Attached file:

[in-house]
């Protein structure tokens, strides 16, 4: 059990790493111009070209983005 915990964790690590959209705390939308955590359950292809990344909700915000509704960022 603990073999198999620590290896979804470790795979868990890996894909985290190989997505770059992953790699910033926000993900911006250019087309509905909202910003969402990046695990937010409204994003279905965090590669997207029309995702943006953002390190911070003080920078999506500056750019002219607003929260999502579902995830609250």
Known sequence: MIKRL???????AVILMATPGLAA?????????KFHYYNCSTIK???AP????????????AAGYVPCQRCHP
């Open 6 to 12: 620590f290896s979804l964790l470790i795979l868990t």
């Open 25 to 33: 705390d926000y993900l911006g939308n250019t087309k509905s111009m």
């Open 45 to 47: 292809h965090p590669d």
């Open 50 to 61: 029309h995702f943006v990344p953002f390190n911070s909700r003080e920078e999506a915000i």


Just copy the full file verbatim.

[in-house]
């Protein structure tokens, strides 16, 4: 059990790493111009070209983005 915990964790690590959209705390939308955590359950292809990344909700915000509704960022 603990073999198999620590290896979804470790795979868990890996894909985290190989997505770059992953790699910033926000993900911006250019087309509905909202910003969402990046695990937010409204994003279905965090590669997207029309995702943006953002390190911070003080920078999506500056750019002219607003929260999502579902995830609250």
Known sequence: MIKRL???????AVILMATPGLAA?????????KFHYYNCSTIK???AP????????????AAGYVPCQRCHP
């Open 6 to 12: 620590f290896s979804l964790l470790i795979l868990t």
């Open 25 to 33: 705390d926000y993900l911006g939308n250019t087309k509905s111009m």
């Open 45 to 47: 292809h965090p590669d």
């Open 50 to 61: 029309h995702f943006v990344p953002f390190n911070s909700r003080e920078e999506a915000i």